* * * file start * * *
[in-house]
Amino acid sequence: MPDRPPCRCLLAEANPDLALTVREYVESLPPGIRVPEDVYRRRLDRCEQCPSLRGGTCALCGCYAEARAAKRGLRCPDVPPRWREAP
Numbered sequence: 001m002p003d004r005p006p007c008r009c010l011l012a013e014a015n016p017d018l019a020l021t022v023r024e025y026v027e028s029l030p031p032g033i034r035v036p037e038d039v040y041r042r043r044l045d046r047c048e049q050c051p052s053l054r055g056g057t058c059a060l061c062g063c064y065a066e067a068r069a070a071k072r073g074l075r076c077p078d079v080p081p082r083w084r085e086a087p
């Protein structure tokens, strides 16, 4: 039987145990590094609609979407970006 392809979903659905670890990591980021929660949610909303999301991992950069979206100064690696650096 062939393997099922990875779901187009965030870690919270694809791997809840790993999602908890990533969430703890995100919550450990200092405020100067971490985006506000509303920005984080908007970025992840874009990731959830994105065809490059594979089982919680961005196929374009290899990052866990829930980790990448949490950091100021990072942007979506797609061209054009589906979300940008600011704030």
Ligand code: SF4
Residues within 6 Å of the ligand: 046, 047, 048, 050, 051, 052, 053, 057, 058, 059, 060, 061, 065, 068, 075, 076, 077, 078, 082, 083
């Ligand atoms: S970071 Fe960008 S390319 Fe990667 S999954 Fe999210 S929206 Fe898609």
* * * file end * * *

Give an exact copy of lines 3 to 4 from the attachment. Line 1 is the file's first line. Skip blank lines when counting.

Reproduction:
Numbered sequence: 001m002p003d004r005p006p007c008r009c010l011l012a013e014a015n016p017d018l019a020l021t022v023r024e025y026v027e028s029l030p031p032g033i034r035v036p037e038d039v040y041r042r043r044l045d046r047c048e049q050c051p052s053l054r055g056g057t058c059a060l061c062g063c064y065a066e067a068r069a070a071k072r073g074l075r076c077p078d079v080p081p082r083w084r085e086a087p
């Protein structure tokens, strides 16, 4: 039987145990590094609609979407970006 392809979903659905670890990591980021929660949610909303999301991992950069979206100064690696650096 062939393997099922990875779901187009965030870690919270694809791997809840790993999602908890990533969430703890995100919550450990200092405020100067971490985006506000509303920005984080908007970025992840874009990731959830994105065809490059594979089982919680961005196929374009290899990052866990829930980790990448949490950091100021990072942007979506797609061209054009589906979300940008600011704030």